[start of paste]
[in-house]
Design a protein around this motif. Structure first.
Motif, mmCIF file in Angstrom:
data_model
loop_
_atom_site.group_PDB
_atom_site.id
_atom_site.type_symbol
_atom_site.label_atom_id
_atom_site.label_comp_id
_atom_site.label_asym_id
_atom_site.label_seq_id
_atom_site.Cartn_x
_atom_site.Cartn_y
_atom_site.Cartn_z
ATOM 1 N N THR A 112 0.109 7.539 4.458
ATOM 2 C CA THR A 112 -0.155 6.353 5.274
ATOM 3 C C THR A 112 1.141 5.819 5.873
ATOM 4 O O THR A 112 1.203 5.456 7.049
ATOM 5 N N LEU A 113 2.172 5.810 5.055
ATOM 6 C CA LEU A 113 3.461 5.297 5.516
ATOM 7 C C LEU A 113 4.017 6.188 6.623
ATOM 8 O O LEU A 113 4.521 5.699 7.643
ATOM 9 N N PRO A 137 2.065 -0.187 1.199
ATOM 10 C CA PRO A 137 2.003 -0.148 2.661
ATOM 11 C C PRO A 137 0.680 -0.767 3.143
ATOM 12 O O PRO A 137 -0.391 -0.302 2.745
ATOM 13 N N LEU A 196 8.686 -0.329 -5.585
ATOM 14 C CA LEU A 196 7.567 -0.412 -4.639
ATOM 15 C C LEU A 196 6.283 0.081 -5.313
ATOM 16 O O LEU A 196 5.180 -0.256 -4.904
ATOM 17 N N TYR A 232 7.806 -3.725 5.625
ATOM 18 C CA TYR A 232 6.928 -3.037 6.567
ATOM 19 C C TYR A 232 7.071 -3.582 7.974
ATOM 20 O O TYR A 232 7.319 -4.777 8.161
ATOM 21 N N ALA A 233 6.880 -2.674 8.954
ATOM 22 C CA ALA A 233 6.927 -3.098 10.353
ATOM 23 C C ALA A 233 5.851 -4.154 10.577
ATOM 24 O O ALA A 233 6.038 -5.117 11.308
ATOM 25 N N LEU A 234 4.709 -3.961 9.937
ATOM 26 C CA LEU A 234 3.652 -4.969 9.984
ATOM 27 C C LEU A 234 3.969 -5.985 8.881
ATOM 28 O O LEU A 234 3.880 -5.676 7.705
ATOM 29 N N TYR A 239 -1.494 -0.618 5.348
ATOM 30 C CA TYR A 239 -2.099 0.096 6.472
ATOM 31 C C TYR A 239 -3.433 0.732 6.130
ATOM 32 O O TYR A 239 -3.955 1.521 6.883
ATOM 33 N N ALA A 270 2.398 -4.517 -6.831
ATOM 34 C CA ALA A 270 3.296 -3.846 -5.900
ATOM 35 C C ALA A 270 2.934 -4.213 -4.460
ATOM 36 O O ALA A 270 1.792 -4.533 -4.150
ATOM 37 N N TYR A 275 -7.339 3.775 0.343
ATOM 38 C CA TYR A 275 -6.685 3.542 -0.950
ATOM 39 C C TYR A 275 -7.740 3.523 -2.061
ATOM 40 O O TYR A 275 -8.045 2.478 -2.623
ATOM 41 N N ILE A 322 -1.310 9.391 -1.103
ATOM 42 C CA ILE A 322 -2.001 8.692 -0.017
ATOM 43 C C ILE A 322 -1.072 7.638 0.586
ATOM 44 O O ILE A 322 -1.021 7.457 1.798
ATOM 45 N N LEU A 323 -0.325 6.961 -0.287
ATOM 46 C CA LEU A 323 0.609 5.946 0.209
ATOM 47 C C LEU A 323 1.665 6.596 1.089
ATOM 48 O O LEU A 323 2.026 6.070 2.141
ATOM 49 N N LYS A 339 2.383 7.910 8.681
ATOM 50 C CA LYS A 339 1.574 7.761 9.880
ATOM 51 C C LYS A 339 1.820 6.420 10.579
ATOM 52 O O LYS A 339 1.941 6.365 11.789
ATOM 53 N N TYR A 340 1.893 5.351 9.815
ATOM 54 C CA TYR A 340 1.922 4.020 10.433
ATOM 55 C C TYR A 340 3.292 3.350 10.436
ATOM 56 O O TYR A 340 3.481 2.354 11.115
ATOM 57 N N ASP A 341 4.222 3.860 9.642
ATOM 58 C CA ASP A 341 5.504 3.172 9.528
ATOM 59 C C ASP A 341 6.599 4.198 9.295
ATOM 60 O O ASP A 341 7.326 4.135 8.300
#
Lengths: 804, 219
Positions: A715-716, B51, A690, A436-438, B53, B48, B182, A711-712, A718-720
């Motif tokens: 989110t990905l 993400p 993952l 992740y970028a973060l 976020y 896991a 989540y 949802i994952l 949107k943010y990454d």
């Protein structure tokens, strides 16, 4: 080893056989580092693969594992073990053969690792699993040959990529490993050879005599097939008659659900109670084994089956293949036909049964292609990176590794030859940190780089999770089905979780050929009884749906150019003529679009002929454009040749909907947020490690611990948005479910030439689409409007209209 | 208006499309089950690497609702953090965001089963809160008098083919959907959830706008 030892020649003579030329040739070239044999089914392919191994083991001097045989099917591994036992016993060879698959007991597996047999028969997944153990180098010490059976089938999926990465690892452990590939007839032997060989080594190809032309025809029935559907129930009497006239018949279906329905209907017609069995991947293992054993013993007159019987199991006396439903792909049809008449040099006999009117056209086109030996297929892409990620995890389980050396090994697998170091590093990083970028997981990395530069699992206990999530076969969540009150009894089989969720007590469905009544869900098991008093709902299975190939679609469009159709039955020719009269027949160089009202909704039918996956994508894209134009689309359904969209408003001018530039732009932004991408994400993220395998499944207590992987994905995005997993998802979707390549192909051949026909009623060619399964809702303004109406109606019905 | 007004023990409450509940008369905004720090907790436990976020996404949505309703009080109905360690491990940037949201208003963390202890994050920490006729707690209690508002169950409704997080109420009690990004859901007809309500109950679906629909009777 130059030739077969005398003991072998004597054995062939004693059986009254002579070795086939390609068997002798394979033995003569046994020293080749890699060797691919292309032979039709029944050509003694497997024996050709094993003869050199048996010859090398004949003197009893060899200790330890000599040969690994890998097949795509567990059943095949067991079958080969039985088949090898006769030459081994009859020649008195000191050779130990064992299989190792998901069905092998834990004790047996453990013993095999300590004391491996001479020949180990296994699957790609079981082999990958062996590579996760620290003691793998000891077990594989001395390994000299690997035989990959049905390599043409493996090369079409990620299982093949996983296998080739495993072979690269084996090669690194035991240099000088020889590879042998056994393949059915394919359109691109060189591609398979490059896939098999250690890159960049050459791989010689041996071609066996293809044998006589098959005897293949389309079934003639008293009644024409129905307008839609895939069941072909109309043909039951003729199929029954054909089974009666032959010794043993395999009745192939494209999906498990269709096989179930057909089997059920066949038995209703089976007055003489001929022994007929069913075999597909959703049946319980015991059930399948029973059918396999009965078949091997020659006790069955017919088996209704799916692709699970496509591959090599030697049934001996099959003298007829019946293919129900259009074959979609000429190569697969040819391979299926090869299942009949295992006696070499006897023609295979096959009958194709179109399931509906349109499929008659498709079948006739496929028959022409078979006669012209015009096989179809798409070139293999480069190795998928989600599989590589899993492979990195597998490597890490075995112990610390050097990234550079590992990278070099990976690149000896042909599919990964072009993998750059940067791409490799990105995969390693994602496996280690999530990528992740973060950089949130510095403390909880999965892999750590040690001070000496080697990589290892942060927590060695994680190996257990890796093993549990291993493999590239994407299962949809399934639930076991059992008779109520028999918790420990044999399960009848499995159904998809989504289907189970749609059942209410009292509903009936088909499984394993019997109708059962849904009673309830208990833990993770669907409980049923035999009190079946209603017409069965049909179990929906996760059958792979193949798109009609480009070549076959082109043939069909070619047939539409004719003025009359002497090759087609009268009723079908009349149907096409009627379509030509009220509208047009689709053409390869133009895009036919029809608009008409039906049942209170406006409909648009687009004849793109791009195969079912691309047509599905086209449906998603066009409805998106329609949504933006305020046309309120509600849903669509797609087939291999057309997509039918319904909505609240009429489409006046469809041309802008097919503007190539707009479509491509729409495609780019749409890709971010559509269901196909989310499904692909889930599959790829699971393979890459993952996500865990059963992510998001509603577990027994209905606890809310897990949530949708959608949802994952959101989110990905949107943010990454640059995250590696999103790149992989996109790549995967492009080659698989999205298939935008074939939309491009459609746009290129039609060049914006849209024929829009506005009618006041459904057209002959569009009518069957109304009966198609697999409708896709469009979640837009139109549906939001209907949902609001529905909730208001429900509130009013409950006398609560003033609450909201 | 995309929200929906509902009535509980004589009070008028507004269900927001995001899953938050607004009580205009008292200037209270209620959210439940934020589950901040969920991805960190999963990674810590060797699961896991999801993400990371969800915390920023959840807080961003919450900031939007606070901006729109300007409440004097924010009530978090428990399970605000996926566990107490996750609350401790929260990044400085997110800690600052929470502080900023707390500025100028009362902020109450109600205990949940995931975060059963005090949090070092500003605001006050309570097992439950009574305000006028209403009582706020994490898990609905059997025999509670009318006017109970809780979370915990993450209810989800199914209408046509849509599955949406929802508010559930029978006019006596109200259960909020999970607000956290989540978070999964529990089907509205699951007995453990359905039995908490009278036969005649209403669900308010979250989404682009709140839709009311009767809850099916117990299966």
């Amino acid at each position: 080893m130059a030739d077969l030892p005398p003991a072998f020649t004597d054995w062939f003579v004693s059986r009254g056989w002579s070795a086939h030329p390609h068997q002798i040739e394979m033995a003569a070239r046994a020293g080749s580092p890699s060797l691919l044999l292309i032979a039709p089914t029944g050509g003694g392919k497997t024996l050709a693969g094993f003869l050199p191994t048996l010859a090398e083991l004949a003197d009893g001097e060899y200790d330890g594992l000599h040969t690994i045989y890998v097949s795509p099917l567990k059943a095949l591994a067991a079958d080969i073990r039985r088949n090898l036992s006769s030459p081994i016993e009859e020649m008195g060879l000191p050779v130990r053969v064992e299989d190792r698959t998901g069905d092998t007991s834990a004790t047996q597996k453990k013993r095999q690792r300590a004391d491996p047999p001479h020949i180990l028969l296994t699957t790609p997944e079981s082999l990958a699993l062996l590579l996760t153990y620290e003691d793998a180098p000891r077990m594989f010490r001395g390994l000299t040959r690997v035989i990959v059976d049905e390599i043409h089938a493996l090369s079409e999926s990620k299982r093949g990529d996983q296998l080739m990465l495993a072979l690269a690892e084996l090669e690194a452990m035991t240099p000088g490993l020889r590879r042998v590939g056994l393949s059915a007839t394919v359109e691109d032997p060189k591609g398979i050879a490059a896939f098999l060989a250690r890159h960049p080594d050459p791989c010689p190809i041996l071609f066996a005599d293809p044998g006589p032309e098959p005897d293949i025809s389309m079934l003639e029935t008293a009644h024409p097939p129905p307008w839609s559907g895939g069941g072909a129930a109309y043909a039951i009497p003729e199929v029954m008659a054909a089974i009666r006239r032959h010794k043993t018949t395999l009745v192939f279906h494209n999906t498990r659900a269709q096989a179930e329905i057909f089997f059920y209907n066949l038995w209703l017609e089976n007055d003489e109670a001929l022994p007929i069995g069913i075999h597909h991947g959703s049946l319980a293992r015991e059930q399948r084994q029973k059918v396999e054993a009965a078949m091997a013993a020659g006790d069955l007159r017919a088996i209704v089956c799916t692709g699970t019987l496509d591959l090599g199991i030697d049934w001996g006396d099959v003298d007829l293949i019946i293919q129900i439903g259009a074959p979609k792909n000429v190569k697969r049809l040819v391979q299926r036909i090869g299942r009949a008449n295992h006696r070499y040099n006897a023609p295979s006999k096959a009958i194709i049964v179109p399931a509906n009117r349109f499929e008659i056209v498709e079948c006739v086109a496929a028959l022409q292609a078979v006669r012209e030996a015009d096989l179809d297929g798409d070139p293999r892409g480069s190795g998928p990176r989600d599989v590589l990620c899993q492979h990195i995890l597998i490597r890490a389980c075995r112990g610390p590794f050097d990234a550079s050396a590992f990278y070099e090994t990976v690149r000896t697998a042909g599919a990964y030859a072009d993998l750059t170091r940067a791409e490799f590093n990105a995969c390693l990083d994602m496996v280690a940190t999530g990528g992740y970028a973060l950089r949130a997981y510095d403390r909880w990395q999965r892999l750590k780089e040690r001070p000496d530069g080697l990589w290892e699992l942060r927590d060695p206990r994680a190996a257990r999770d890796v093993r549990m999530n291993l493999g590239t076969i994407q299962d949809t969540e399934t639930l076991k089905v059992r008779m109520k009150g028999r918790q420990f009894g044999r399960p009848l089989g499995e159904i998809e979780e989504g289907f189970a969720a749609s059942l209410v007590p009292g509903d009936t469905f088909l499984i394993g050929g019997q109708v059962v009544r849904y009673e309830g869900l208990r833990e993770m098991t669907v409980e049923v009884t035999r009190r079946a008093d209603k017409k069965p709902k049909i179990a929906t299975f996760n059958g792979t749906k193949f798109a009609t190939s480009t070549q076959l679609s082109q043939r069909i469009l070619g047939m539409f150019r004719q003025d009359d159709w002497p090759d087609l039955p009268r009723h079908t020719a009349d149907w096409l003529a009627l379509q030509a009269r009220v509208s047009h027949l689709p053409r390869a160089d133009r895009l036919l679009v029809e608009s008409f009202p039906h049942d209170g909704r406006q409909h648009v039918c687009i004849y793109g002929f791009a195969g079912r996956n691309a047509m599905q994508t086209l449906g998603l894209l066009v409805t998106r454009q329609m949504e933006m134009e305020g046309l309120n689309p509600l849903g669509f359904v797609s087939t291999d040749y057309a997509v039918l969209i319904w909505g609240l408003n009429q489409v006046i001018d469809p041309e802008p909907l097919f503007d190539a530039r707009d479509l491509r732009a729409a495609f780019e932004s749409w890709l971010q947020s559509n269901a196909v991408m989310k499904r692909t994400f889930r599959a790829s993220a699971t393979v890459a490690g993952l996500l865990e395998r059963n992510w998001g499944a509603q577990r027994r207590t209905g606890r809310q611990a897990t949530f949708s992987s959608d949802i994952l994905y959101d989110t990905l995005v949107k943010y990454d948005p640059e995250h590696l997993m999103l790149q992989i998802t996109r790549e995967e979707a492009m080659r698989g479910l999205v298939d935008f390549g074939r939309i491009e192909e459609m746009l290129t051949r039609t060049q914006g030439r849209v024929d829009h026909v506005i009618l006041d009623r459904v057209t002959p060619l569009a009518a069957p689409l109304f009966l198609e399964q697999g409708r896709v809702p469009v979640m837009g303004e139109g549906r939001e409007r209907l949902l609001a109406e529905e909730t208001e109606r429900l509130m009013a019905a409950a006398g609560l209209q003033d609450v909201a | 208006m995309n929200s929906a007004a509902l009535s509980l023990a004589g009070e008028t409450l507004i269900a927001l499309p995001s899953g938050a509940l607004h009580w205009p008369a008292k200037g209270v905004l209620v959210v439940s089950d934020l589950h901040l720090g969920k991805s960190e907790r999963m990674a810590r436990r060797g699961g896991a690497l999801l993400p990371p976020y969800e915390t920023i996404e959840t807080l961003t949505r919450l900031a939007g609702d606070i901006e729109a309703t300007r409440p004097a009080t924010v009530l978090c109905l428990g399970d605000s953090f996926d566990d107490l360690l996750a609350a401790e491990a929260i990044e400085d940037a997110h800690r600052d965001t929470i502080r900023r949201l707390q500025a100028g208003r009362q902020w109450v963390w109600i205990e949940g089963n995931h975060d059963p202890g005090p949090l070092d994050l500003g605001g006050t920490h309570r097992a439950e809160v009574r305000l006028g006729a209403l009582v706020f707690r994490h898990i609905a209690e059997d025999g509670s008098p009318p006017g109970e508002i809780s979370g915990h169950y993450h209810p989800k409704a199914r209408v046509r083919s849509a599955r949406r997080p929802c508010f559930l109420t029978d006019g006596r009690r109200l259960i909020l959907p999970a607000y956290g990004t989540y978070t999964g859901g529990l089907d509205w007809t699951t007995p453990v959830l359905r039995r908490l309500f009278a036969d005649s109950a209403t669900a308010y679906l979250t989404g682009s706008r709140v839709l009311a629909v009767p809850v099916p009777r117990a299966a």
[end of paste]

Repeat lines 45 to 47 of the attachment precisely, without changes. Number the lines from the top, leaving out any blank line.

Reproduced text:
ATOM 30 C CA TYR A 239 -2.099 0.096 6.472
ATOM 31 C C TYR A 239 -3.433 0.732 6.130
ATOM 32 O O TYR A 239 -3.955 1.521 6.883